'Many Hands Lighten the Load'

Article excerpt

Byline: Bill Clinton

Helping Haiti helps us all.

Haiti suffered the worst catastrophe in its history last week. Given all the nation has been through in the last 200 years, that is saying something.

We have all seen the heartbreaking scenes of hospitals collapsed, government buildings in rubble, people young and old lying injured or dead in the street, and a cloud of dust hanging over Port-au-Prince--a city I have cherished and visited many times since Hillary and I took our delayed honeymoon there in 1975. Haiti is a poor, tragically deforested nation, but it is rich in history, human potential, and human spirit. Haiti was the second nation in the New World to declare its independence, just after the United States. It did so despite greater adversity than we Americans faced--we had to deal with the British, but Haiti's founders at different times stared down the militaries of France, England, and Spain.

I am grateful they did. The central third of the United States--the Louisiana Purchase--became American when Napoleon decided to sell it to Thomas Jefferson, a decision he reached after concluding he could not defeat the brave people fighting in Haiti for their freedom. That territory includes my native state of Arkansas.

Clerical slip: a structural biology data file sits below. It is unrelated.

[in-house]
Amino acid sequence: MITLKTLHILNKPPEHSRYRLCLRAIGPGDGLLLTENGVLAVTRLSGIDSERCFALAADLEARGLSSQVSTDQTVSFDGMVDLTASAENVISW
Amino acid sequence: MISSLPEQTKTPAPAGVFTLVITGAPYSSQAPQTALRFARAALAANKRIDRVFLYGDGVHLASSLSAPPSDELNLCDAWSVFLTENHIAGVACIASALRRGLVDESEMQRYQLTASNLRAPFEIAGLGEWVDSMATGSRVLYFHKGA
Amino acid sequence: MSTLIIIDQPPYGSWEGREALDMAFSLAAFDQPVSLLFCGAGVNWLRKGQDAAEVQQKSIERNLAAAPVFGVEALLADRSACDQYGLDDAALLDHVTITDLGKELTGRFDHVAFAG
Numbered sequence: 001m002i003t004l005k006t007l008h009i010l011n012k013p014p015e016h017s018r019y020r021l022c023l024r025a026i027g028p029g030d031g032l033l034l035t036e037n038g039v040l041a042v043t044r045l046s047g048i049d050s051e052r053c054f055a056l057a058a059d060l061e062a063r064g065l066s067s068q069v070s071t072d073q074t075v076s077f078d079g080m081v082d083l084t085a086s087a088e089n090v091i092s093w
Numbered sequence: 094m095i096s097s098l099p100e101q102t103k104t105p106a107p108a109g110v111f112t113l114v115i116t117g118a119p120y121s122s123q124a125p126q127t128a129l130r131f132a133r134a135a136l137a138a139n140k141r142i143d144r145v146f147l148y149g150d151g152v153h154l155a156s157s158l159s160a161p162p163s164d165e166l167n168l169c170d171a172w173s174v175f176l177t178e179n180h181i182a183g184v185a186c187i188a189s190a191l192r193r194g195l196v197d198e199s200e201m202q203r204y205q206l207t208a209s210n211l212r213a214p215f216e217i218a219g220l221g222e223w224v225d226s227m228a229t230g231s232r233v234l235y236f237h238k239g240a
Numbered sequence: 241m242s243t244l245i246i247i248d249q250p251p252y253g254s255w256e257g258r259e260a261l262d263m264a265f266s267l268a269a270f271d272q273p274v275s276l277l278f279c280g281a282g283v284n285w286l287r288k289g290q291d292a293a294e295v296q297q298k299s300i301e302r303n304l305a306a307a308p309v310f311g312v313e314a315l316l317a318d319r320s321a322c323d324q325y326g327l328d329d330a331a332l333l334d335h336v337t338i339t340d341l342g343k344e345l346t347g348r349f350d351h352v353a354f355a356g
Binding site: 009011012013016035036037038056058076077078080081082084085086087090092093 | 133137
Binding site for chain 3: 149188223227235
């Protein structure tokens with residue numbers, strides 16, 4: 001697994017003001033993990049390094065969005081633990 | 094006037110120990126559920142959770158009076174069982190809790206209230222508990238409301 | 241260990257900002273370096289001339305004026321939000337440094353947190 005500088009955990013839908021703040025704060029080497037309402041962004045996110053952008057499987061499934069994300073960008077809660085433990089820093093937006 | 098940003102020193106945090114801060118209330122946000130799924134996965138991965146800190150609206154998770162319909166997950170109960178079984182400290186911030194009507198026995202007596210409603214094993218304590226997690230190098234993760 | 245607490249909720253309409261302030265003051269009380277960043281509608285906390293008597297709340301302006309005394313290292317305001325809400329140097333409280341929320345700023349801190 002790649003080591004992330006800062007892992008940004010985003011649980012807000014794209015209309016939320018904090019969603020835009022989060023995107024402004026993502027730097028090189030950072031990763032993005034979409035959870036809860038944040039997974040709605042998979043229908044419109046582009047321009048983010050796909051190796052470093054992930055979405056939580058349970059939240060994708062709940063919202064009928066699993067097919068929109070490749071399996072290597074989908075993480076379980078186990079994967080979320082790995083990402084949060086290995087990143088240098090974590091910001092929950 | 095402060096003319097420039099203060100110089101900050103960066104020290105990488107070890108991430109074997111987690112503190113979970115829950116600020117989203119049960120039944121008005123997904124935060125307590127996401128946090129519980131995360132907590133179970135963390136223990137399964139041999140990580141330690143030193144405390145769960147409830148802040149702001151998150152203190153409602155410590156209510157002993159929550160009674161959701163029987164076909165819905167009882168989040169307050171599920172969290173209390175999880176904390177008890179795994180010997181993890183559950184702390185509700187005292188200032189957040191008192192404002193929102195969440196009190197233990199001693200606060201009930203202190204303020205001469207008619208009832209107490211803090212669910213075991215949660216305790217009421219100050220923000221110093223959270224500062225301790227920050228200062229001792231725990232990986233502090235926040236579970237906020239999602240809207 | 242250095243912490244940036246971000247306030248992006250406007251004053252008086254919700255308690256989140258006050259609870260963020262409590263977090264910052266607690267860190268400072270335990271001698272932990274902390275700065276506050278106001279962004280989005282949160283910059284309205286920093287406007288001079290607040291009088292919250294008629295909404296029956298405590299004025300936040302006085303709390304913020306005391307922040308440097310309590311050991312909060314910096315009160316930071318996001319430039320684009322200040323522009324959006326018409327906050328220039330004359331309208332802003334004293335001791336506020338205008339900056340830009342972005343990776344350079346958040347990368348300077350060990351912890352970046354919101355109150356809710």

As president, I worked to end a violent military dictatorship and to restore Haiti's elected president. After leaving the White House, I continued to work in Haiti through my foundation, partnering with the government to increase treatment for and reduce the prevalence of HIV/AIDS and other diseases.

After a series of hurricanes battered the coast of Haiti in 2008, I made a call to action at the annual meeting of the Clinton Global Initiative for commitments to help rebuild the country. CGI members responded by pledging more than $100 million for efforts that included providing immediate disaster relief and rebuilding damaged bridges.

In June 2009, Secretary-General Ban Ki-moon asked me to become the U.N. special envoy for Haiti, a role I was honored to accept. I've traveled to the region a number of times to encourage investment and spur job creation, and to increase nongovernmental activity and aid from governments and multilateral organizations. We had made a good start in rebuilding after the storms, and in addressing disease, political unrest, and deforestation, largely because of the Haitian government's commitment to implement its comprehensive plan for sustainable development and because of the unprecedented interest in the country's progress on the part of neighbors, the Haitian diaspora, and thousands of NGOs. …